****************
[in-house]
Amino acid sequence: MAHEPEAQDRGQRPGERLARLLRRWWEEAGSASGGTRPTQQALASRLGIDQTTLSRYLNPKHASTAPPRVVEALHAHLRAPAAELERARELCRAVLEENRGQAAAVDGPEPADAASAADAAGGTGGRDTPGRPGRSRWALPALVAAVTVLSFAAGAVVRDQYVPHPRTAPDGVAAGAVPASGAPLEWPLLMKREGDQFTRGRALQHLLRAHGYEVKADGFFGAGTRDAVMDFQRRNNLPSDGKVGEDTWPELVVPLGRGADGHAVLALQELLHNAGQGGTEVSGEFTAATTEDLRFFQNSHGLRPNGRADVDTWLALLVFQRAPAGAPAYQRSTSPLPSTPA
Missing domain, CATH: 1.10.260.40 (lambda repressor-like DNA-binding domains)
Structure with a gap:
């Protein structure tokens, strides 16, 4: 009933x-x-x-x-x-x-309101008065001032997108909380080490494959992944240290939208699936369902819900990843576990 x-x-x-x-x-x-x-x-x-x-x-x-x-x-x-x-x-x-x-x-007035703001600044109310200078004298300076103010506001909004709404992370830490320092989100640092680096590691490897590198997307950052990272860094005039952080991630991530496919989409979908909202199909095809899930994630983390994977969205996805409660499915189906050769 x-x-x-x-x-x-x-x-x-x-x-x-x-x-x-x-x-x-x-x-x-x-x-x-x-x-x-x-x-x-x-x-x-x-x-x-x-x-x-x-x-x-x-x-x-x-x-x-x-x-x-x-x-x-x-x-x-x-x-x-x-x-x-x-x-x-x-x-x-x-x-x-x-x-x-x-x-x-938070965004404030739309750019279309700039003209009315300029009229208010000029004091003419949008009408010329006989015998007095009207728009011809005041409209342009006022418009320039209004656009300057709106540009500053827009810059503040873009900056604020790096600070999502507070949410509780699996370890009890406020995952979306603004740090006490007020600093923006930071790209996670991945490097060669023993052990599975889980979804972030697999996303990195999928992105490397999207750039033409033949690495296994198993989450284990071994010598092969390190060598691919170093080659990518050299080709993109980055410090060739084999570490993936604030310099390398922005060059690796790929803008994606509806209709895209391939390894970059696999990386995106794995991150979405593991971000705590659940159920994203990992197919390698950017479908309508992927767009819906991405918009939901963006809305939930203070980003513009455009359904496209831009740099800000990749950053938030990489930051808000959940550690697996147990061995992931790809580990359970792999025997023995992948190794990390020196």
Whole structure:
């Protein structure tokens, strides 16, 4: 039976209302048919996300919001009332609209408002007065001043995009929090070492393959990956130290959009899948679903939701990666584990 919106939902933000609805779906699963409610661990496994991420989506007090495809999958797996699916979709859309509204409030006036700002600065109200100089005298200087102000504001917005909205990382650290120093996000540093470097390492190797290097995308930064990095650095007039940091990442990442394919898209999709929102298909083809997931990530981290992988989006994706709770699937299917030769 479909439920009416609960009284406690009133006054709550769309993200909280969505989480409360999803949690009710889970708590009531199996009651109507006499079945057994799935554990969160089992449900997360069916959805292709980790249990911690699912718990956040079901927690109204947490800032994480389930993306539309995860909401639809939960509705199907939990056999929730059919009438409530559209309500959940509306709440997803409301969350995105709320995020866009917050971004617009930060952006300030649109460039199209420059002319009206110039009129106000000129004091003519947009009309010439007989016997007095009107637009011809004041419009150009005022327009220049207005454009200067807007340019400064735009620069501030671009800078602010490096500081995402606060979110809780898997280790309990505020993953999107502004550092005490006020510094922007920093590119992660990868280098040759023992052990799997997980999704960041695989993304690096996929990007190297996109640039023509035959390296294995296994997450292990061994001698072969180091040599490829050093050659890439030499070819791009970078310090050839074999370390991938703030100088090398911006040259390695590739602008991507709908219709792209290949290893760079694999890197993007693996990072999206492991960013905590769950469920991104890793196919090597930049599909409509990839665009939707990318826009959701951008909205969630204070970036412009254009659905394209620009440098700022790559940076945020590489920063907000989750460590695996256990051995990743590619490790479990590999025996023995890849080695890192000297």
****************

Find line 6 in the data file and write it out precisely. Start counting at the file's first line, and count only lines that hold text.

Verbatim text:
Whole structure: